Recore Hacks the Hidden Microcontroller for 3D Printing
Recore Hacks the Hidden Microcontroller for 3D Printing

No stranger to the world of 3D printers, [Elias Bakken] from the [Intelligent Agent] workshop has released a new controller board called Recore. The typical 3D printer has a dedicated controller which handles the real-time aspects of driving stepper motors. Many setups also have a second computer, often Linux-based, which is dedicated to supporting tasks like running an Octoprint server and interfacing to a digital camera to monitor print progress remotely. [Elias]’s design merges these together into one compact 12 x 12 x 4 cm package.

The Recore board is powered by an AllWinner A64 system on chip (SoC) which packs four ARM Cortex-A53 AArch64 cores running Debian Linux. The applications include Klipper, a project we wrote about when it was first introduced, and the OctoPrint print server. “But Linux is not a real-time operating system”, we hear you cry, “and controlling stepper motor drivers from an A64 SoC is just asking for trouble”. [Elias] could have addressed this problem by putting a secondary microcontroller on the board, but he found an even more elegant solution instead.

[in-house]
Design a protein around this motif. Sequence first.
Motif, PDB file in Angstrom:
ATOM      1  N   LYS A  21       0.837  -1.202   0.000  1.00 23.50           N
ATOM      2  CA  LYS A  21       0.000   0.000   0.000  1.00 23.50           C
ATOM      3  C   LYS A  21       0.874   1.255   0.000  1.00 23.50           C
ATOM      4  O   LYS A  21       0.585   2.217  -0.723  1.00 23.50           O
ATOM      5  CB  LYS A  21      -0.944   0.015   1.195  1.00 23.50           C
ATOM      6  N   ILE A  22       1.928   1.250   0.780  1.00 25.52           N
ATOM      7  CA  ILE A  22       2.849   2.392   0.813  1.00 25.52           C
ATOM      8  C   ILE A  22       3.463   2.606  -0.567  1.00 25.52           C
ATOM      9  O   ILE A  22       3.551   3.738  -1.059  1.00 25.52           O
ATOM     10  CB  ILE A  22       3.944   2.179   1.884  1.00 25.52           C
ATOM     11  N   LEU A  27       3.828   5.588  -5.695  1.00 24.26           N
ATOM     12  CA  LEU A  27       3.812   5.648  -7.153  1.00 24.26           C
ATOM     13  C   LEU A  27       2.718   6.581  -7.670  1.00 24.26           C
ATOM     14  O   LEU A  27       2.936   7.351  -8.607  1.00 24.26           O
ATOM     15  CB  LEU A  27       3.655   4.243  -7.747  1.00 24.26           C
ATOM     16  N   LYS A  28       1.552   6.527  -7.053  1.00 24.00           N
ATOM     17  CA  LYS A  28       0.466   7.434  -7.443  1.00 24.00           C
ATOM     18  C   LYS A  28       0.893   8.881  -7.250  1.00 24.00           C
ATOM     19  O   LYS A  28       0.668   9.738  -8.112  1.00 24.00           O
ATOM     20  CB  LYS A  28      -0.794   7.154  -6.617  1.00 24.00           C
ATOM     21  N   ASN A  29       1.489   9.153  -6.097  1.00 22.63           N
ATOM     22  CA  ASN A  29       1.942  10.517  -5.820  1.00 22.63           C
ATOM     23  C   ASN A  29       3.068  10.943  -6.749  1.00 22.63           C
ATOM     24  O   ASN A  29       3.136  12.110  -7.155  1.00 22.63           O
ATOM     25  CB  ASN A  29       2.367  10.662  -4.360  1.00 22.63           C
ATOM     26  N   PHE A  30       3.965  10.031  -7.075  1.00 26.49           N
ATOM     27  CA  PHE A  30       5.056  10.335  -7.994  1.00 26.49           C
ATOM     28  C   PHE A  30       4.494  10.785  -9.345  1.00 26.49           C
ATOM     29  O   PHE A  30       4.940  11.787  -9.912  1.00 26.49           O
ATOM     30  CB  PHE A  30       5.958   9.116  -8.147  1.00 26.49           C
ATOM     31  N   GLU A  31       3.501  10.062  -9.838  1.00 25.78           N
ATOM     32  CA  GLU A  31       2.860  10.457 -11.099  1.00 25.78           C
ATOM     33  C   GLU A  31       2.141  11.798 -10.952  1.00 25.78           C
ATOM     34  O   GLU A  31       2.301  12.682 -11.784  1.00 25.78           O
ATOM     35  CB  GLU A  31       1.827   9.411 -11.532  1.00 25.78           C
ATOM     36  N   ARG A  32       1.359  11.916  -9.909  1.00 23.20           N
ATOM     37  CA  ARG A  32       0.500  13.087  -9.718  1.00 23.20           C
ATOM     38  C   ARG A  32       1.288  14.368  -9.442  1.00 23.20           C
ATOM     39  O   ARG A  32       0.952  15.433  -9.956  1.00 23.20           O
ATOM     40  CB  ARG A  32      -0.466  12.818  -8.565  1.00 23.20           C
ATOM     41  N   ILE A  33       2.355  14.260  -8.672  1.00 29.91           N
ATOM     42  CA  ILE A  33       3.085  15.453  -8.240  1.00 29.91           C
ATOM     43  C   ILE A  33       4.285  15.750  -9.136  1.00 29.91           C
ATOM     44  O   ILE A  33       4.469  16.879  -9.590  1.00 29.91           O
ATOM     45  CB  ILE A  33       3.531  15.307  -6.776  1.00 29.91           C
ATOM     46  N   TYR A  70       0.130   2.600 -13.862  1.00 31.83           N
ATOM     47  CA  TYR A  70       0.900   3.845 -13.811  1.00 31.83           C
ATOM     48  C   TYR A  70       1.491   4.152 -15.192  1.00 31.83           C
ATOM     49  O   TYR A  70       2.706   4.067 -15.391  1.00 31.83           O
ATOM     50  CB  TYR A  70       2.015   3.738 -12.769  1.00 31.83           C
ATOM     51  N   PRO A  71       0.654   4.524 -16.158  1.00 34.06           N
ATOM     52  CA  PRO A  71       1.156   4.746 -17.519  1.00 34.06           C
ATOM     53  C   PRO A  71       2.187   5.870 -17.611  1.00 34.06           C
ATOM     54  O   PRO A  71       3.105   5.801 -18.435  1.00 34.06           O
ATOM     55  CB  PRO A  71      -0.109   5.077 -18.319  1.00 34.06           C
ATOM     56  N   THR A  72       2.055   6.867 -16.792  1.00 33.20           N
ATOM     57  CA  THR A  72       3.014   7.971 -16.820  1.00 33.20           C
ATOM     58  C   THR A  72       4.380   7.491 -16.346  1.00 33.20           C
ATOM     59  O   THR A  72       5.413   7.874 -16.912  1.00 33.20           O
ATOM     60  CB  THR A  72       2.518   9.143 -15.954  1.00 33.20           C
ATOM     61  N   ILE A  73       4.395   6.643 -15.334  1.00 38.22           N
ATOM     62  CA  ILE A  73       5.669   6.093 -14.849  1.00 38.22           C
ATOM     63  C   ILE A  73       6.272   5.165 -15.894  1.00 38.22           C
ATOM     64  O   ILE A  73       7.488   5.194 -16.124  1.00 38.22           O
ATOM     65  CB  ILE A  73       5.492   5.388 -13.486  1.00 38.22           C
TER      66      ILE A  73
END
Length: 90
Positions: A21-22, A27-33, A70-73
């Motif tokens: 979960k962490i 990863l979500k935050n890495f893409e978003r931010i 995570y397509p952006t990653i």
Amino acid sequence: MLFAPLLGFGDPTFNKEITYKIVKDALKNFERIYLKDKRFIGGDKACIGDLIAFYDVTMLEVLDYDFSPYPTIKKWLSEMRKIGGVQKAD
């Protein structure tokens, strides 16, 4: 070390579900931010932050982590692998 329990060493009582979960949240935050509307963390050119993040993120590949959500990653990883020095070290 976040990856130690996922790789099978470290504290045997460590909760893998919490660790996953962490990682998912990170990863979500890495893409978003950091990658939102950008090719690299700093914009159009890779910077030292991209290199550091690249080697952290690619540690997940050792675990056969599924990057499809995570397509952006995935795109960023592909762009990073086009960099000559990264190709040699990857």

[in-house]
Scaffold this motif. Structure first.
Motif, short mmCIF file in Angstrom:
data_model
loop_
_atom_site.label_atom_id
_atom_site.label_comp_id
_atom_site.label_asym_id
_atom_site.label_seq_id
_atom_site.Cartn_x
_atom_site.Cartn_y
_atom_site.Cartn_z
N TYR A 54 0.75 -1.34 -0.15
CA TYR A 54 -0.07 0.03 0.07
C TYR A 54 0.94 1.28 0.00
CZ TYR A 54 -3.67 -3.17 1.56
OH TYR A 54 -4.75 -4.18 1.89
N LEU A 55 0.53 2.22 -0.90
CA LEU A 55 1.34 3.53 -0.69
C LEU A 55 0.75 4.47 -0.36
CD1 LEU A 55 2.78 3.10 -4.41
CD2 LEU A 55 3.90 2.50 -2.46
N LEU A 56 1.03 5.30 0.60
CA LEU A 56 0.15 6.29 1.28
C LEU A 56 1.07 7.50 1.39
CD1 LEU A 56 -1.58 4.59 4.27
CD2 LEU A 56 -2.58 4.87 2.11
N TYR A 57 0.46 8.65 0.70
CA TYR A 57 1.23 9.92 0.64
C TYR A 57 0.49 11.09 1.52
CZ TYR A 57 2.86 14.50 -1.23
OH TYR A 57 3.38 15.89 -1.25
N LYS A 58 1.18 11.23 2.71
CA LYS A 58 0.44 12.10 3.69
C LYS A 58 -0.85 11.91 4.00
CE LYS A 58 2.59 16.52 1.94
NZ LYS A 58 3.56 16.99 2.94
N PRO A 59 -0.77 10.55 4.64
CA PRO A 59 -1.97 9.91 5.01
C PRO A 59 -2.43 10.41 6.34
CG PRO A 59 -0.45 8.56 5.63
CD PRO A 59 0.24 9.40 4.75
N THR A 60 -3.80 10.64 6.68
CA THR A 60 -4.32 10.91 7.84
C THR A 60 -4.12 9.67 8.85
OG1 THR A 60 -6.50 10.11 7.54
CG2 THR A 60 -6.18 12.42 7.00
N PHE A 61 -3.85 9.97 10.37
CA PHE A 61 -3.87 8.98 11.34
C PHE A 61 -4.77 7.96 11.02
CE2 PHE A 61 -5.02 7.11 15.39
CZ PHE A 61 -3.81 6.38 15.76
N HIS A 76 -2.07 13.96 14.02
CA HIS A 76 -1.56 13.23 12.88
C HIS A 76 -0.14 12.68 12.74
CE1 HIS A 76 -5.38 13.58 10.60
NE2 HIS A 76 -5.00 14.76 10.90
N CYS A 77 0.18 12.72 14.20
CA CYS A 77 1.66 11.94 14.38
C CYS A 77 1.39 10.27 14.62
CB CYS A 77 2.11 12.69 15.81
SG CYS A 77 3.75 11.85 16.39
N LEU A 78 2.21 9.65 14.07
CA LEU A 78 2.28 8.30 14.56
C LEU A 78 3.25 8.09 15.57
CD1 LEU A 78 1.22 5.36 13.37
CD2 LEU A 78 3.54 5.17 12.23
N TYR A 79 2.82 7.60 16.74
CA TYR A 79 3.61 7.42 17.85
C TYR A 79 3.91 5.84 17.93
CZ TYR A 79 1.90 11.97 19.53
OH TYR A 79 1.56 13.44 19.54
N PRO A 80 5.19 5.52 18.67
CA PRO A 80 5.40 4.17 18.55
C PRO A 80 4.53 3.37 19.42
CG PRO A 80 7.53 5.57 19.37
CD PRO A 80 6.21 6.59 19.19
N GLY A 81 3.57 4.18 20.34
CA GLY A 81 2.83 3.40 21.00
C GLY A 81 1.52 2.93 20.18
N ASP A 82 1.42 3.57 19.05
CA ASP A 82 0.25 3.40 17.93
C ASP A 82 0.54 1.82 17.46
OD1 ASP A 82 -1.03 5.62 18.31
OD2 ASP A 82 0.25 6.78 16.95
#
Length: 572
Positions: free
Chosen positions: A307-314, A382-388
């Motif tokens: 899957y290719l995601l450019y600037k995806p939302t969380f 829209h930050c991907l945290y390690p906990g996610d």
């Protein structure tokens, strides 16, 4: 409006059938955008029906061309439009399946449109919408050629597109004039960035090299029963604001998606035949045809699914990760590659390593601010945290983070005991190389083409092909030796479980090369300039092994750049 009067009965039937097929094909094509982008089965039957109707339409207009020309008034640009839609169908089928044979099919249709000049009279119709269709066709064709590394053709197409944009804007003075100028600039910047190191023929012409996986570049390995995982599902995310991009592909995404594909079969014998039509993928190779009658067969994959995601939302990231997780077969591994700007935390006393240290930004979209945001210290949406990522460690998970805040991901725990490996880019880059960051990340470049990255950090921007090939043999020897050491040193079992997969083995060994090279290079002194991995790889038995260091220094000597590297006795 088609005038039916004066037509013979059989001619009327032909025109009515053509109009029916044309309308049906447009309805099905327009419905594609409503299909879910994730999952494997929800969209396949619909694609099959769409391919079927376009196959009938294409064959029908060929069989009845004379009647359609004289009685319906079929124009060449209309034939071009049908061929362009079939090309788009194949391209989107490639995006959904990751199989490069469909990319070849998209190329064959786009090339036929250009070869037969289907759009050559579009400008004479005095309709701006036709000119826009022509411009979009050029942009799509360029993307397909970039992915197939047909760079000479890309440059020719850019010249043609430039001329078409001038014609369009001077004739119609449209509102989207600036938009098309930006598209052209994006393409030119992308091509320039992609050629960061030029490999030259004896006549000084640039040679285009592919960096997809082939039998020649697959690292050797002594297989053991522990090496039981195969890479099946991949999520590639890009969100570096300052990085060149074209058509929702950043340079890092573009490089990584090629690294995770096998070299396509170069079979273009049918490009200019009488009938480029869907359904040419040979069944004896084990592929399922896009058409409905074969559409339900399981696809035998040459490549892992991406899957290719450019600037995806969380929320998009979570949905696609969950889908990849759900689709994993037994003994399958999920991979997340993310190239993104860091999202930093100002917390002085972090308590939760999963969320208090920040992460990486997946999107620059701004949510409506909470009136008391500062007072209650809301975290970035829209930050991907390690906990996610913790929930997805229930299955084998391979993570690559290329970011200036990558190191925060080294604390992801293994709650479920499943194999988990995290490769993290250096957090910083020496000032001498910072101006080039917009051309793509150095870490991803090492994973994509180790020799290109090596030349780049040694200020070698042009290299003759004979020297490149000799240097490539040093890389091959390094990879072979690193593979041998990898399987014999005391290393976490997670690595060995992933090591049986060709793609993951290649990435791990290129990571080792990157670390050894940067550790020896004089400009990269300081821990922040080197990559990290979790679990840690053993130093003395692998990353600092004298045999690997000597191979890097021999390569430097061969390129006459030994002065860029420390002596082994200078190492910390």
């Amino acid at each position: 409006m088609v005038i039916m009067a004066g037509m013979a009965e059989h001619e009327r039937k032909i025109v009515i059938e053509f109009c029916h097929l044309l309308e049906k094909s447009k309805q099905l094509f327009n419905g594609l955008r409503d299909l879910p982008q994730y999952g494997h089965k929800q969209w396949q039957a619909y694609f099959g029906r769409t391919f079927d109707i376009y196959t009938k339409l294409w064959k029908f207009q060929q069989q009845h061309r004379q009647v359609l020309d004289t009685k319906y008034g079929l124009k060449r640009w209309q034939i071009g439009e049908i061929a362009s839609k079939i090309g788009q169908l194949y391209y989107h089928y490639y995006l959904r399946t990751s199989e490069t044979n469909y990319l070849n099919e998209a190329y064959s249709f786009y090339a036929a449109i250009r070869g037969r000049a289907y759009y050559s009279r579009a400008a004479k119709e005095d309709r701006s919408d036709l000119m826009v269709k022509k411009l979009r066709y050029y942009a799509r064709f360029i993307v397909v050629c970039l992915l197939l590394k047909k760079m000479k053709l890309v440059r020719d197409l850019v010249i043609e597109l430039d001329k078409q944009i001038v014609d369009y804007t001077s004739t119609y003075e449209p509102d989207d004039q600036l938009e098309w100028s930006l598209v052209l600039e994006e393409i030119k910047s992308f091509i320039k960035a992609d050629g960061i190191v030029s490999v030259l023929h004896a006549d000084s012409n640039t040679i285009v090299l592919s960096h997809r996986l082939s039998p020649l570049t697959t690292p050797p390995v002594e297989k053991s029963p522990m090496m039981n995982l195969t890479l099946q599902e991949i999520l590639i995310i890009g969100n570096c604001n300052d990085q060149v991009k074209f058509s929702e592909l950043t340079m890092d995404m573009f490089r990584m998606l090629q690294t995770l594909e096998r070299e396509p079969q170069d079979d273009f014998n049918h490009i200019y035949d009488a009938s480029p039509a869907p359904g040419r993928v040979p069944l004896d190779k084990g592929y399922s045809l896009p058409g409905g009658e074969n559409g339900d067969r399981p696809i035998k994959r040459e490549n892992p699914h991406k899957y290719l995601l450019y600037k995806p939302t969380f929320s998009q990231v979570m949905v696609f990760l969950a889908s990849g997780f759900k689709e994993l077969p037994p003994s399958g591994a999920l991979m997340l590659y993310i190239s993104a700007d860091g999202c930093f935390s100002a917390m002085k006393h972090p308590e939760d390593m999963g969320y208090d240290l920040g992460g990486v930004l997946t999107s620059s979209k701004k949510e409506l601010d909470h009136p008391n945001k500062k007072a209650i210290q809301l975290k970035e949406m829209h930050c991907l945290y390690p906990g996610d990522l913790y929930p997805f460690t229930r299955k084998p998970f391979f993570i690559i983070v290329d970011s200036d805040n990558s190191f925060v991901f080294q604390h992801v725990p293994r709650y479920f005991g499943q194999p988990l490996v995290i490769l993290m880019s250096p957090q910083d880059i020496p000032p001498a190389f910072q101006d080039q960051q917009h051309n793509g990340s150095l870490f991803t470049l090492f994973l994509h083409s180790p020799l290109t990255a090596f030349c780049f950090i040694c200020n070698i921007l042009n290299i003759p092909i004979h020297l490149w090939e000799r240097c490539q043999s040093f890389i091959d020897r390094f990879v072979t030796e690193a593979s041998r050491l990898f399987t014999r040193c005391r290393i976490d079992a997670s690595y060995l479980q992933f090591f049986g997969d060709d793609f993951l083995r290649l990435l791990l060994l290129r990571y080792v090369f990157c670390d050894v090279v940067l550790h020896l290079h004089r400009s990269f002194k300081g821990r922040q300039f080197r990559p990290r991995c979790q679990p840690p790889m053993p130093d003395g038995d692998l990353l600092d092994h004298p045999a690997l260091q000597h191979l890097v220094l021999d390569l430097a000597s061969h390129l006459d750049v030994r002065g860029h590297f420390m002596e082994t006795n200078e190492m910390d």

It turns out that there is already a secondary microcontroller hidden in plain sight, integrated into the A64 itself. See that small box labeled AR100 at the top of the block diagram? Meet the AR100, a controller originally intended to manage low-power operations of the A64. It is an OpenRISC 32-bit OR1k processor. But the AR100 is extremely underutilized, and [Elias] takes good advantage of this by repurposing it to those real-time tasks associated with a 3D printer controller. Watch the short video down below to learn how he solves a few of the nitty-gritty implementation details such as timers and communicating with the Linux processors. You might learn some tips from the other short videos in the series featuring some interesting debugging and problem solving sessions. There is a project GitHub repository and a Wiki full of good information and testing results.

[Elias] has a long history of building printer controllers. While his last one had to be abandoned because of manufacturing issues, he learned from that experience. Manufacturability was a top priority in the design of the Recore. We’re jealous of the well-appointed [Intelligent Agent] facility in Norway, but even more so of the nomadic lifestyle that [Elias] appears to enjoy — in his videos, he can be seen working from far-flung locales such as a tropical island resort and a laboratory floating in high Earth orbit. We’ve featured [Elias]’s projects in the past, including the Replicate 3D printer controller, a semi-automatic liquor cabinet, and the dog-operated treat dispenser.

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